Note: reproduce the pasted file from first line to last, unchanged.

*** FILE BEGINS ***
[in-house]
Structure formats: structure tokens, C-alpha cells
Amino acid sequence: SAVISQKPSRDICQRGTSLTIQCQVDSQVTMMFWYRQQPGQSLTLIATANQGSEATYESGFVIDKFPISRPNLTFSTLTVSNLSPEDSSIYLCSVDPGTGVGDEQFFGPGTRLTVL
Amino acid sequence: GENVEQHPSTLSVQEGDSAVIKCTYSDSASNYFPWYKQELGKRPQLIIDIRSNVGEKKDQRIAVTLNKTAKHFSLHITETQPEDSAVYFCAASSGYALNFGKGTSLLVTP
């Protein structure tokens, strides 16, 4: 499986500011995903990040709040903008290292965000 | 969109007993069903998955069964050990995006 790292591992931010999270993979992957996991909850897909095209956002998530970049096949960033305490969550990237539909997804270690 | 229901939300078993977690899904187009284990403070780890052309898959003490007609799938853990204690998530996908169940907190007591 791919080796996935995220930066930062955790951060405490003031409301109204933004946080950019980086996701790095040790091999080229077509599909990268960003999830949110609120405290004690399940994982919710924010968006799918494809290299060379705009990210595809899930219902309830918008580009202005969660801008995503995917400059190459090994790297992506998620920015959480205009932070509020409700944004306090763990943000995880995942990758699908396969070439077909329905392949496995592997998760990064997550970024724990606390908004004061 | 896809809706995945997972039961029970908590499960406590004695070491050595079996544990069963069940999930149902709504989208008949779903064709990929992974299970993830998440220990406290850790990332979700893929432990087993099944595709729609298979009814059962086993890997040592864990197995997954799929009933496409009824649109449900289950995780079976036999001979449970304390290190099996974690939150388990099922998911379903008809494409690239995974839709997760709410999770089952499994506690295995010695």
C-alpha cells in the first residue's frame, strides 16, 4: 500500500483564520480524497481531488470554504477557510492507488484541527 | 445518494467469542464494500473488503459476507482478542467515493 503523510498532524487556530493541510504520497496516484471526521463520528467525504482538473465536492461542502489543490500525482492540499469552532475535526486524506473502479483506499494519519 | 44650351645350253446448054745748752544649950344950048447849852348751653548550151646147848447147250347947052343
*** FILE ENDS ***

[in-house]
Structure formats: structure tokens, C-alpha cells
Amino acid sequence: SAVISQKPSRDICQRGTSLTIQCQVDSQVTMMFWYRQQPGQSLTLIATANQGSEATYESGFVIDKFPISRPNLTFSTLTVSNLSPEDSSIYLCSVDPGTGVGDEQFFGPGTRLTVL
Amino acid sequence: GENVEQHPSTLSVQEGDSAVIKCTYSDSASNYFPWYKQELGKRPQLIIDIRSNVGEKKDQRIAVTLNKTAKHFSLHITETQPEDSAVYFCAASSGYALNFGKGTSLLVTP
């Protein structure tokens, strides 16, 4: 499986500011995903990040709040903008290292965000 | 969109007993069903998955069964050990995006 790292591992931010999270993979992957996991909850897909095209956002998530970049096949960033305490969550990237539909997804270690 | 229901939300078993977690899904187009284990403070780890052309898959003490007609799938853990204690998530996908169940907190007591 791919080796996935995220930066930062955790951060405490003031409301109204933004946080950019980086996701790095040790091999080229077509599909990268960003999830949110609120405290004690399940994982919710924010968006799918494809290299060379705009990210595809899930219902309830918008580009202005969660801008995503995917400059190459090994790297992506998620920015959480205009932070509020409700944004306090763990943000995880995942990758699908396969070439077909329905392949496995592997998760990064997550970024724990606390908004004061 | 896809809706995945997972039961029970908590499960406590004695070491050595079996544990069963069940999930149902709504989208008949779903064709990929992974299970993830998440220990406290850790990332979700893929432990087993099944595709729609298979009814059962086993890997040592864990197995997954799929009933496409009824649109449900289950995780079976036999001979449970304390290190099996974690939150388990099922998911379903008809494409690239995974839709997760709410999770089952499994506690295995010695």
C-alpha cells in the first residue's frame, strides 16, 4: 500500500483564520480524497481531488470554504477557510492507488484541527 | 445518494467469542464494500473488503459476507482478542467515493 503523510498532524487556530493541510504520497496516484471526521463520528467525504482538473465536492461542502489543490500525482492540499469552532475535526486524506473502479483506499494519519 | 44650351645350253446448054745748752544649950344950048447849852348751653548550151646147848447147250347947052343